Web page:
The STEEP Superfund Research Program Center was established to address the emerging and expanding problem of PFAS in drinking water—how these contaminants move through our environment, how we are exposed, and how they affect our health.
Cape Cod

The five-year project, led by the University of Rhode Island (URI), is a collaboration between URI, Harvard T.H. Chan School of Public Health Department of Environmental Health, and Silent Spring Institute. 

PFAS are a class of chemicals added to consumer products to make them non-stick, waterproof, and stain-resistant. They are also used in firefighting foams and industrial processes. These chemicals are showing up in drinking water supplies across the United States. Scientists are concerned about these chemicals because of their potential impacts on health. One of the communities that is on the front lines in dealing with exposure to PFAS is Cape Cod, Mass. As a result, Silent Spring Institute and their STEEP collaborators are conducting a number of activities on the Cape, including:

  • Testing private wells for PFAS
  • Studying how PFAS enter groundwater from firefighting foams used at Joint Base Cape Cod
  • Field testing new methods to detect PFAS in surface waters
  • Engaging with residents and officials to share STEEP research findings and address local concerns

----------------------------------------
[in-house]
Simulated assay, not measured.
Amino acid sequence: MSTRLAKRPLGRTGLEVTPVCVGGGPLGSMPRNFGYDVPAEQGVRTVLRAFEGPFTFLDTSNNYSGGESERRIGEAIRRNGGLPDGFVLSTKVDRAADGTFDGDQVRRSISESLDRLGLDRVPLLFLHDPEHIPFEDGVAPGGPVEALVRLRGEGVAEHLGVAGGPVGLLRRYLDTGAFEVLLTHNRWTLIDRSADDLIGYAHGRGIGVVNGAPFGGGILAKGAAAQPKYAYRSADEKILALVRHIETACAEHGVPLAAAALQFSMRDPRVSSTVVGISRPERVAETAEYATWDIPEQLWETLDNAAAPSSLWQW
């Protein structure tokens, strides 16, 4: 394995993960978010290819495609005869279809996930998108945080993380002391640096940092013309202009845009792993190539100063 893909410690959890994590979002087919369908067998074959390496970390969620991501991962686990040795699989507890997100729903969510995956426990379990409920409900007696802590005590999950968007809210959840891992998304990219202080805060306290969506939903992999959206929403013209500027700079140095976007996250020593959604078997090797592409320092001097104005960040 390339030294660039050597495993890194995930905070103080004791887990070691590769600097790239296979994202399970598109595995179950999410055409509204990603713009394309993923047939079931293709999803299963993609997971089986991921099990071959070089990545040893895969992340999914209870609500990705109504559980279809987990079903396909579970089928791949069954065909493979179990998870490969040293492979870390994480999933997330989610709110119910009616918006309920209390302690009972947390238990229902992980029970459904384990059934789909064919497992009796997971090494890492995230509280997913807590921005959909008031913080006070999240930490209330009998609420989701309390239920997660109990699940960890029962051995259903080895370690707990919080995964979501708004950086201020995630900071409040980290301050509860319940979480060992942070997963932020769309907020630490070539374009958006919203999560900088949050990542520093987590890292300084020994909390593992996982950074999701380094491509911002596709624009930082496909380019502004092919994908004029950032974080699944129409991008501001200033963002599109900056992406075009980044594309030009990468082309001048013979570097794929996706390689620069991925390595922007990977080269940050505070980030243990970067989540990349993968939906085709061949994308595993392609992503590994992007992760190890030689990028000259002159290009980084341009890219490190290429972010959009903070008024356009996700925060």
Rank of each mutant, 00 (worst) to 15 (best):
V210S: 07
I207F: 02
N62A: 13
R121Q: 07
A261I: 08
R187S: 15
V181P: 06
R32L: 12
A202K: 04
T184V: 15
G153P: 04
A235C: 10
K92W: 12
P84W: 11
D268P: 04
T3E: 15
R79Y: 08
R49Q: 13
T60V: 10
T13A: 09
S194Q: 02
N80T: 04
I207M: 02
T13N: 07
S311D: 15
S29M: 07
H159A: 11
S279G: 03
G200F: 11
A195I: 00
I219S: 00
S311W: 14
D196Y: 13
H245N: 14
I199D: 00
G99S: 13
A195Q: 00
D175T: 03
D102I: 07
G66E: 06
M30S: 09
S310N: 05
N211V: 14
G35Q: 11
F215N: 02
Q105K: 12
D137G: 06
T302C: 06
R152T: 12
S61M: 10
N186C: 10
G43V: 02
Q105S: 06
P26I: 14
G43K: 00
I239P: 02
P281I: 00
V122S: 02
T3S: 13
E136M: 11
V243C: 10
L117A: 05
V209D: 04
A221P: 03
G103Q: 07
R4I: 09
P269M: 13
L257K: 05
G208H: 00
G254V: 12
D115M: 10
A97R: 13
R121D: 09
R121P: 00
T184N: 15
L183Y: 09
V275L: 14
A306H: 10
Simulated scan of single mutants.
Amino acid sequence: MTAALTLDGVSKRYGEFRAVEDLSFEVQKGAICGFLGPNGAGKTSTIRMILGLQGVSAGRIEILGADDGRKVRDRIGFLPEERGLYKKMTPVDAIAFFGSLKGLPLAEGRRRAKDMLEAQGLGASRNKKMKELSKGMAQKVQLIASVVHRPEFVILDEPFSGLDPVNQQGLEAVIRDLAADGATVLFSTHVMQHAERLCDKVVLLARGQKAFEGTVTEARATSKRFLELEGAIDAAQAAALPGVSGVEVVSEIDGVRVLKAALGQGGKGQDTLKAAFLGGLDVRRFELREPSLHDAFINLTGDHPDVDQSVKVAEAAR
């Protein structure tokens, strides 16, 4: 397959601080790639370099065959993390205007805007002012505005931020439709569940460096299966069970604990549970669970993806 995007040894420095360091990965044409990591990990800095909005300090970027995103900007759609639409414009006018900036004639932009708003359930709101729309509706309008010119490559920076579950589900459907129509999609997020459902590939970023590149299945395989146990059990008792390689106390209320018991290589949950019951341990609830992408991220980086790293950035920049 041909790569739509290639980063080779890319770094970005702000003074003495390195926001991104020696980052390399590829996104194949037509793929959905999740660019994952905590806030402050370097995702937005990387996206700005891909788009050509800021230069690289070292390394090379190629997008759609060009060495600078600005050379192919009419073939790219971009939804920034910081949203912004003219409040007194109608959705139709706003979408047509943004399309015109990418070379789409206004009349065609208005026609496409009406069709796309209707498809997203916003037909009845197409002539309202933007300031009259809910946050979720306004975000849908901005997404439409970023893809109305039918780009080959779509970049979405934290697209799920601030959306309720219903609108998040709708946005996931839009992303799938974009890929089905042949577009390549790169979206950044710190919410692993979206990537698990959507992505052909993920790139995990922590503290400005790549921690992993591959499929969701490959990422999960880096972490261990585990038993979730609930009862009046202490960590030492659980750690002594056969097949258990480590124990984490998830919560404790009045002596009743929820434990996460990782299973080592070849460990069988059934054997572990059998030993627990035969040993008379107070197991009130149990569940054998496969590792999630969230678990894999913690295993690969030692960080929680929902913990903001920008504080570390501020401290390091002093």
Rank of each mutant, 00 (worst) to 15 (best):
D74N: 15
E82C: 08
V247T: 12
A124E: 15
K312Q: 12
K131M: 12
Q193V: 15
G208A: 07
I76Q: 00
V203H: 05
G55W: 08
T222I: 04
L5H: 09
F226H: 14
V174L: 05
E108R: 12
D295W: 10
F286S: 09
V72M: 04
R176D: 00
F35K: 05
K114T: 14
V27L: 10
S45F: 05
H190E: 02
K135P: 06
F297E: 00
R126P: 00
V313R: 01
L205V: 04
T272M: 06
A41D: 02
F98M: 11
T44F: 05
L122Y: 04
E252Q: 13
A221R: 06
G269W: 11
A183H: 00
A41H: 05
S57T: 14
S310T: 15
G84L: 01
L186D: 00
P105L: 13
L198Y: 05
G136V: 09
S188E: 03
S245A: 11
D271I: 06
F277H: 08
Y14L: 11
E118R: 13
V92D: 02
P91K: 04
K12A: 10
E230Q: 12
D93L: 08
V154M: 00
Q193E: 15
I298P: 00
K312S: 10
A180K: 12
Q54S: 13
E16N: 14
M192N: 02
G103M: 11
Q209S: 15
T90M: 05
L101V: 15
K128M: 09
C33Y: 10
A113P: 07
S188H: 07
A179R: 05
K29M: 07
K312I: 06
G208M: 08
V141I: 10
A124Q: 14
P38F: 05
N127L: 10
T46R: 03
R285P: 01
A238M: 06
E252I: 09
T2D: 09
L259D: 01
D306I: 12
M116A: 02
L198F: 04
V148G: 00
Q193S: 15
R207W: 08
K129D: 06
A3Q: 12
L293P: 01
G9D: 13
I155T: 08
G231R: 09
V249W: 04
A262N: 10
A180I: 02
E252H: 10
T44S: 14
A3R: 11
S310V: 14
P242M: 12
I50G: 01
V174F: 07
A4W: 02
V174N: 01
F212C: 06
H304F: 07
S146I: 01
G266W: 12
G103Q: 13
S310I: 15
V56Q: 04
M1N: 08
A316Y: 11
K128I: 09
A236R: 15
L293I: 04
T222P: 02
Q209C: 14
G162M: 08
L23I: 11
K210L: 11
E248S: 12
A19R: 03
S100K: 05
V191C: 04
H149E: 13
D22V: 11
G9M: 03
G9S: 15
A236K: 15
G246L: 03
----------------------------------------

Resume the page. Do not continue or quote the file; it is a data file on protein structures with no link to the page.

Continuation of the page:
STEEP scientists are also studying the chemical properties of PFAS and their specific impact on human health through a long-term health study of children in the Faroe Islands complemented by laboratory studies.

Local project partners include the Massachusetts Breast Cancer Coalition (MBCC) and the Sierra Club, Cape Cod Group. This project is funded by the National Institute of Environmental Health Sciences (NIEHS).

For more information, visit the STEEP website.

News & Updates


EPA announced drinking water standards for six PFAS chemicals, marking the first time in more than 20 years the federal agency has set an enforceable limit on a new unregulated drinking water contaminant.


In a comment submitted to EPA, Silent Spring affirms its support for the agency’s new proposed drinking water standard for PFAS chemicals.


Barnstable County residents invited to have their private well water tested for harmful PFASs